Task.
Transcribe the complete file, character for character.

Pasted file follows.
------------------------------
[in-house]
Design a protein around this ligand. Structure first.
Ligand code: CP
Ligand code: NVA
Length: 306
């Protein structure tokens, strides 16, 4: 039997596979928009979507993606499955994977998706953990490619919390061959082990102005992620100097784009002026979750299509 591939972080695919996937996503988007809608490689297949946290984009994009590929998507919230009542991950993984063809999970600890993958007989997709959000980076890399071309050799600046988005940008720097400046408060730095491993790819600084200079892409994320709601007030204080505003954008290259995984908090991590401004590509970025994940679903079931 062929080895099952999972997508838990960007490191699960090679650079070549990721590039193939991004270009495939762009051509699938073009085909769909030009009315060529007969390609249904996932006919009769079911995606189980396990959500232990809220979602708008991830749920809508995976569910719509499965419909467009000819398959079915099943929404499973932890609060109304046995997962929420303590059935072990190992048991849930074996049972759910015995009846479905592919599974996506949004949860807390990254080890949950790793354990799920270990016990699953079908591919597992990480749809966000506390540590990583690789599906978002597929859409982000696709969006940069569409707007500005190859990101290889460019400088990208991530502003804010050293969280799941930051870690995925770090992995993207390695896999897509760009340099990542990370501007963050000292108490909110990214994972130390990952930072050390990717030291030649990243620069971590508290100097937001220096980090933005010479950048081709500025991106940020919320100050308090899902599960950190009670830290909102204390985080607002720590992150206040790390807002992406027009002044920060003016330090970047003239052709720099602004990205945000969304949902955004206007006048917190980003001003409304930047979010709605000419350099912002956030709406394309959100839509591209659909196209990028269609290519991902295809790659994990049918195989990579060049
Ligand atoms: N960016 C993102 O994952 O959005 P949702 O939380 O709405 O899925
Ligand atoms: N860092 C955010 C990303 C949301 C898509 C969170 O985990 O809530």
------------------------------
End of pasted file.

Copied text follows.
[in-house]
Design a protein around this ligand. Structure first.
Ligand code: CP
Ligand code: NVA
Length: 306
């Protein structure tokens, strides 16, 4: 039997596979928009979507993606499955994977998706953990490619919390061959082990102005992620100097784009002026979750299509 591939972080695919996937996503988007809608490689297949946290984009994009590929998507919230009542991950993984063809999970600890993958007989997709959000980076890399071309050799600046988005940008720097400046408060730095491993790819600084200079892409994320709601007030204080505003954008290259995984908090991590401004590509970025994940679903079931 062929080895099952999972997508838990960007490191699960090679650079070549990721590039193939991004270009495939762009051509699938073009085909769909030009009315060529007969390609249904996932006919009769079911995606189980396990959500232990809220979602708008991830749920809508995976569910719509499965419909467009000819398959079915099943929404499973932890609060109304046995997962929420303590059935072990190992048991849930074996049972759910015995009846479905592919599974996506949004949860807390990254080890949950790793354990799920270990016990699953079908591919597992990480749809966000506390540590990583690789599906978002597929859409982000696709969006940069569409707007500005190859990101290889460019400088990208991530502003804010050293969280799941930051870690995925770090992995993207390695896999897509760009340099990542990370501007963050000292108490909110990214994972130390990952930072050390990717030291030649990243620069971590508290100097937001220096980090933005010479950048081709500025991106940020919320100050308090899902599960950190009670830290909102204390985080607002720590992150206040790390807002992406027009002044920060003016330090970047003239052709720099602004990205945000969304949902955004206007006048917190980003001003409304930047979010709605000419350099912002956030709406394309959100839509591209659909196209990028269609290519991902295809790659994990049918195989990579060049
Ligand atoms: N960016 C993102 O994952 O959005 P949702 O939380 O709405 O899925
Ligand atoms: N860092 C955010 C990303 C949301 C898509 C969170 O985990 O809530």